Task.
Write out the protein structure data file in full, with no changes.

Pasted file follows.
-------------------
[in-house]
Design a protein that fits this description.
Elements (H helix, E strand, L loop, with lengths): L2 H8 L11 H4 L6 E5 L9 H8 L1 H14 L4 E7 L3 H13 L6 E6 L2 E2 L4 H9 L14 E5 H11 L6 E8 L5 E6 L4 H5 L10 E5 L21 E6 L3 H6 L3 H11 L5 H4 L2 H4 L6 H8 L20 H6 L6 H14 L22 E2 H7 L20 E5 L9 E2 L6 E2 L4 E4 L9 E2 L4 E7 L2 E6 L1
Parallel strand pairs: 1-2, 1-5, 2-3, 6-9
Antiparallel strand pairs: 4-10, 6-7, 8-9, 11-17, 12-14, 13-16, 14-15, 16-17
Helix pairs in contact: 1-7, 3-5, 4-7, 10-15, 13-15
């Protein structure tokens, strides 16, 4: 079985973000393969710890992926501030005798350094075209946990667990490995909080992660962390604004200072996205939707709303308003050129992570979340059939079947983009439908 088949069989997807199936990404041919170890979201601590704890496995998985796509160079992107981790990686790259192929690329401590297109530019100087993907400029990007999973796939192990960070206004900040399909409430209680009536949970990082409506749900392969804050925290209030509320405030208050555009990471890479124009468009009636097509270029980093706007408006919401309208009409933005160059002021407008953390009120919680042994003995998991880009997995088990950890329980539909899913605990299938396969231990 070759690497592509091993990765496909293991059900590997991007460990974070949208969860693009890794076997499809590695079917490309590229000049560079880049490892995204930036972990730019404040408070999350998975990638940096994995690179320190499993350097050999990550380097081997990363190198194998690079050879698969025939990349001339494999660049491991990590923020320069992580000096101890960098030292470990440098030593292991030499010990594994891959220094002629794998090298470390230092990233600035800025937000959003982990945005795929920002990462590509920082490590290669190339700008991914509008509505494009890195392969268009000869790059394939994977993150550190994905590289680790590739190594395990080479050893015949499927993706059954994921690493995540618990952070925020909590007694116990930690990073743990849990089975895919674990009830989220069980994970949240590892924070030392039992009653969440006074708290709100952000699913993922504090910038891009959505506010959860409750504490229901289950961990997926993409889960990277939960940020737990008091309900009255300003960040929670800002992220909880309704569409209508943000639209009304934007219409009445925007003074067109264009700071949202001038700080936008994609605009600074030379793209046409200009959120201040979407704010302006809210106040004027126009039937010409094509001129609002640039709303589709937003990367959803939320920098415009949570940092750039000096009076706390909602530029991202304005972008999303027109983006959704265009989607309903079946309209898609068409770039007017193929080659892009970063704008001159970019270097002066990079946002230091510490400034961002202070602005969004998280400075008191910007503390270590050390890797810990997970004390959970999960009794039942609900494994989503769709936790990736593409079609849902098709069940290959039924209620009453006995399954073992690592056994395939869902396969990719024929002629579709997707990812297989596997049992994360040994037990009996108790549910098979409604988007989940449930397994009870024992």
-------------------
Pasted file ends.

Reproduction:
[in-house]
Design a protein that fits this description.
Elements (H helix, E strand, L loop, with lengths): L2 H8 L11 H4 L6 E5 L9 H8 L1 H14 L4 E7 L3 H13 L6 E6 L2 E2 L4 H9 L14 E5 H11 L6 E8 L5 E6 L4 H5 L10 E5 L21 E6 L3 H6 L3 H11 L5 H4 L2 H4 L6 H8 L20 H6 L6 H14 L22 E2 H7 L20 E5 L9 E2 L6 E2 L4 E4 L9 E2 L4 E7 L2 E6 L1
Parallel strand pairs: 1-2, 1-5, 2-3, 6-9
Antiparallel strand pairs: 4-10, 6-7, 8-9, 11-17, 12-14, 13-16, 14-15, 16-17
Helix pairs in contact: 1-7, 3-5, 4-7, 10-15, 13-15
């Protein structure tokens, strides 16, 4: 079985973000393969710890992926501030005798350094075209946990667990490995909080992660962390604004200072996205939707709303308003050129992570979340059939079947983009439908 088949069989997807199936990404041919170890979201601590704890496995998985796509160079992107981790990686790259192929690329401590297109530019100087993907400029990007999973796939192990960070206004900040399909409430209680009536949970990082409506749900392969804050925290209030509320405030208050555009990471890479124009468009009636097509270029980093706007408006919401309208009409933005160059002021407008953390009120919680042994003995998991880009997995088990950890329980539909899913605990299938396969231990 070759690497592509091993990765496909293991059900590997991007460990974070949208969860693009890794076997499809590695079917490309590229000049560079880049490892995204930036972990730019404040408070999350998975990638940096994995690179320190499993350097050999990550380097081997990363190198194998690079050879698969025939990349001339494999660049491991990590923020320069992580000096101890960098030292470990440098030593292991030499010990594994891959220094002629794998090298470390230092990233600035800025937000959003982990945005795929920002990462590509920082490590290669190339700008991914509008509505494009890195392969268009000869790059394939994977993150550190994905590289680790590739190594395990080479050893015949499927993706059954994921690493995540618990952070925020909590007694116990930690990073743990849990089975895919674990009830989220069980994970949240590892924070030392039992009653969440006074708290709100952000699913993922504090910038891009959505506010959860409750504490229901289950961990997926993409889960990277939960940020737990008091309900009255300003960040929670800002992220909880309704569409209508943000639209009304934007219409009445925007003074067109264009700071949202001038700080936008994609605009600074030379793209046409200009959120201040979407704010302006809210106040004027126009039937010409094509001129609002640039709303589709937003990367959803939320920098415009949570940092750039000096009076706390909602530029991202304005972008999303027109983006959704265009989607309903079946309209898609068409770039007017193929080659892009970063704008001159970019270097002066990079946002230091510490400034961002202070602005969004998280400075008191910007503390270590050390890797810990997970004390959970999960009794039942609900494994989503769709936790990736593409079609849902098709069940290959039924209620009453006995399954073992690592056994395939869902396969990719024929002629579709997707990812297989596997049992994360040994037990009996108790549910098979409604988007989940449930397994009870024992």